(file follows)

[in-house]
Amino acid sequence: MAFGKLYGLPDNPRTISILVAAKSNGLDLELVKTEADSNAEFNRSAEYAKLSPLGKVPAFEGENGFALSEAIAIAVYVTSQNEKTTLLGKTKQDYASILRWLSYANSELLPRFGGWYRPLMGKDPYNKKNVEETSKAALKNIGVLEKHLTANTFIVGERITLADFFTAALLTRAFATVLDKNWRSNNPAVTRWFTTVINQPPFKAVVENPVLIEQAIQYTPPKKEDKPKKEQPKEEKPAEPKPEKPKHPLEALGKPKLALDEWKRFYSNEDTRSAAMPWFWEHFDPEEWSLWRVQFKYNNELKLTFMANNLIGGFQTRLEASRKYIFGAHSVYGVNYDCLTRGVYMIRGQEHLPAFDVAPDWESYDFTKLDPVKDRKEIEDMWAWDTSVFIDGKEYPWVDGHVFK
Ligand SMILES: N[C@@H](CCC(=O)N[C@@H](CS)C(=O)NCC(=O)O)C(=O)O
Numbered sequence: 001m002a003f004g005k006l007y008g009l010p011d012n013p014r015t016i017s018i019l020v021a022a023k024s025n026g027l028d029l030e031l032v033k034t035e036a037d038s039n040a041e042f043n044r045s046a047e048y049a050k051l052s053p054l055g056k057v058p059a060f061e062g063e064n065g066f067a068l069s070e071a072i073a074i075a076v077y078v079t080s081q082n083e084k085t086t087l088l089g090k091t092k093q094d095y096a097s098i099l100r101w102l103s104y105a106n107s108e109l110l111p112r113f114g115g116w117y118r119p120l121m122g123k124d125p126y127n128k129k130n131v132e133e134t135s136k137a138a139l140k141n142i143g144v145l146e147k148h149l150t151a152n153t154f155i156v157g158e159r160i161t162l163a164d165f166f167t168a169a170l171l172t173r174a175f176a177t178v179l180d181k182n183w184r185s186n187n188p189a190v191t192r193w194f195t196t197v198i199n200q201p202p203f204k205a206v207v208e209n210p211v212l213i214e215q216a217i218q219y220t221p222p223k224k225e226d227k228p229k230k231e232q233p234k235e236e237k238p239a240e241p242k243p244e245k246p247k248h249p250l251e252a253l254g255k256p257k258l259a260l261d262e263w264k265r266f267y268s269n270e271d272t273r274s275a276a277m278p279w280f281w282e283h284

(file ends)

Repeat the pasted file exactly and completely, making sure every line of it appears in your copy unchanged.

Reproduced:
[in-house]
Amino acid sequence: MAFGKLYGLPDNPRTISILVAAKSNGLDLELVKTEADSNAEFNRSAEYAKLSPLGKVPAFEGENGFALSEAIAIAVYVTSQNEKTTLLGKTKQDYASILRWLSYANSELLPRFGGWYRPLMGKDPYNKKNVEETSKAALKNIGVLEKHLTANTFIVGERITLADFFTAALLTRAFATVLDKNWRSNNPAVTRWFTTVINQPPFKAVVENPVLIEQAIQYTPPKKEDKPKKEQPKEEKPAEPKPEKPKHPLEALGKPKLALDEWKRFYSNEDTRSAAMPWFWEHFDPEEWSLWRVQFKYNNELKLTFMANNLIGGFQTRLEASRKYIFGAHSVYGVNYDCLTRGVYMIRGQEHLPAFDVAPDWESYDFTKLDPVKDRKEIEDMWAWDTSVFIDGKEYPWVDGHVFK
Ligand SMILES: N[C@@H](CCC(=O)N[C@@H](CS)C(=O)NCC(=O)O)C(=O)O
Numbered sequence: 001m002a003f004g005k006l007y008g009l010p011d012n013p014r015t016i017s018i019l020v021a022a023k024s025n026g027l028d029l030e031l032v033k034t035e036a037d038s039n040a041e042f043n044r045s046a047e048y049a050k051l052s053p054l055g056k057v058p059a060f061e062g063e064n065g066f067a068l069s070e071a072i073a074i075a076v077y078v079t080s081q082n083e084k085t086t087l088l089g090k091t092k093q094d095y096a097s098i099l100r101w102l103s104y105a106n107s108e109l110l111p112r113f114g115g116w117y118r119p120l121m122g123k124d125p126y127n128k129k130n131v132e133e134t135s136k137a138a139l140k141n142i143g144v145l146e147k148h149l150t151a152n153t154f155i156v157g158e159r160i161t162l163a164d165f166f167t168a169a170l171l172t173r174a175f176a177t178v179l180d181k182n183w184r185s186n187n188p189a190v191t192r193w194f195t196t197v198i199n200q201p202p203f204k205a206v207v208e209n210p211v212l213i214e215q216a217i218q219y220t221p222p223k224k225e226d227k228p229k230k231e232q233p234k235e236e237k238p239a240e241p242k243p244e245k246p247k248h249p250l251e252a253l254g255k256p257k258l259a260l261d262e263w264k265r266f267y268s269n270e271d272t273r274s275a276a277m278p279w280f281w282e283h284